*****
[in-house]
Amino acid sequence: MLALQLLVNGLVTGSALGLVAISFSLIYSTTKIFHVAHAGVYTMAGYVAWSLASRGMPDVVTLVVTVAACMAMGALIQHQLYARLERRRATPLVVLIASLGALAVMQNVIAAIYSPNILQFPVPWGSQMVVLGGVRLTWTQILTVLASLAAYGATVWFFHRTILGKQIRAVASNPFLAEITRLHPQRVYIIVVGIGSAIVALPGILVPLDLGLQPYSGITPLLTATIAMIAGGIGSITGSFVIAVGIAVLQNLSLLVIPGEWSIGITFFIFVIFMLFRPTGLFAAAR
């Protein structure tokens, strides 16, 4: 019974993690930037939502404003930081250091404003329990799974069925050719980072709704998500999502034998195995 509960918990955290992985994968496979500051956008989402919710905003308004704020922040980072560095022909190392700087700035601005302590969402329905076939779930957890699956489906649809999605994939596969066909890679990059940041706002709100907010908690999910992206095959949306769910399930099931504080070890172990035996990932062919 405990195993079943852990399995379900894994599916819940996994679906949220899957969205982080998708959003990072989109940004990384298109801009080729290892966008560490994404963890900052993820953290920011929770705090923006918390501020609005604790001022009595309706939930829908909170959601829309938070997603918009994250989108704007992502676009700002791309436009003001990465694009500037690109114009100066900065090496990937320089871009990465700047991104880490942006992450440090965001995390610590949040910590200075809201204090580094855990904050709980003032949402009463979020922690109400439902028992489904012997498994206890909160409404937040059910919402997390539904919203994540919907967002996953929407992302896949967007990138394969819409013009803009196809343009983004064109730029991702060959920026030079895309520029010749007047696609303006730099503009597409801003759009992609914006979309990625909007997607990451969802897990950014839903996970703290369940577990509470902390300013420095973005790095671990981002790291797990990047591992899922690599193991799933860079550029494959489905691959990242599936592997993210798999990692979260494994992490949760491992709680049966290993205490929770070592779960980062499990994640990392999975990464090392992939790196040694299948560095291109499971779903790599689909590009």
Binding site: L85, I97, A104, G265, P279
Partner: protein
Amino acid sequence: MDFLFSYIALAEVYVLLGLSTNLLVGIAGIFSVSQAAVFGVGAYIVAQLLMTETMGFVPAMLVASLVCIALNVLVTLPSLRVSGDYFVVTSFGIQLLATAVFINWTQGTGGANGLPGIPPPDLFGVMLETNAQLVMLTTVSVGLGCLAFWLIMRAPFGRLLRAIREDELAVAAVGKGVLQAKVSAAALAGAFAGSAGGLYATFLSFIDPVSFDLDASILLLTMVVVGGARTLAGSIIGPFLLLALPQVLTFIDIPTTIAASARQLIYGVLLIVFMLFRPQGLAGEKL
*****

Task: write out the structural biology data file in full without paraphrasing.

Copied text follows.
[in-house]
Amino acid sequence: MLALQLLVNGLVTGSALGLVAISFSLIYSTTKIFHVAHAGVYTMAGYVAWSLASRGMPDVVTLVVTVAACMAMGALIQHQLYARLERRRATPLVVLIASLGALAVMQNVIAAIYSPNILQFPVPWGSQMVVLGGVRLTWTQILTVLASLAAYGATVWFFHRTILGKQIRAVASNPFLAEITRLHPQRVYIIVVGIGSAIVALPGILVPLDLGLQPYSGITPLLTATIAMIAGGIGSITGSFVIAVGIAVLQNLSLLVIPGEWSIGITFFIFVIFMLFRPTGLFAAAR
């Protein structure tokens, strides 16, 4: 019974993690930037939502404003930081250091404003329990799974069925050719980072709704998500999502034998195995 509960918990955290992985994968496979500051956008989402919710905003308004704020922040980072560095022909190392700087700035601005302590969402329905076939779930957890699956489906649809999605994939596969066909890679990059940041706002709100907010908690999910992206095959949306769910399930099931504080070890172990035996990932062919 405990195993079943852990399995379900894994599916819940996994679906949220899957969205982080998708959003990072989109940004990384298109801009080729290892966008560490994404963890900052993820953290920011929770705090923006918390501020609005604790001022009595309706939930829908909170959601829309938070997603918009994250989108704007992502676009700002791309436009003001990465694009500037690109114009100066900065090496990937320089871009990465700047991104880490942006992450440090965001995390610590949040910590200075809201204090580094855990904050709980003032949402009463979020922690109400439902028992489904012997498994206890909160409404937040059910919402997390539904919203994540919907967002996953929407992302896949967007990138394969819409013009803009196809343009983004064109730029991702060959920026030079895309520029010749007047696609303006730099503009597409801003759009992609914006979309990625909007997607990451969802897990950014839903996970703290369940577990509470902390300013420095973005790095671990981002790291797990990047591992899922690599193991799933860079550029494959489905691959990242599936592997993210798999990692979260494994992490949760491992709680049966290993205490929770070592779960980062499990994640990392999975990464090392992939790196040694299948560095291109499971779903790599689909590009």
Binding site: L85, I97, A104, G265, P279
Partner: protein
Amino acid sequence: MDFLFSYIALAEVYVLLGLSTNLLVGIAGIFSVSQAAVFGVGAYIVAQLLMTETMGFVPAMLVASLVCIALNVLVTLPSLRVSGDYFVVTSFGIQLLATAVFINWTQGTGGANGLPGIPPPDLFGVMLETNAQLVMLTTVSVGLGCLAFWLIMRAPFGRLLRAIREDELAVAAVGKGVLQAKVSAAALAGAFAGSAGGLYATFLSFIDPVSFDLDASILLLTMVVVGGARTLAGSIIGPFLLLALPQVLTFIDIPTTIAASARQLIYGVLLIVFMLFRPQGLAGEKL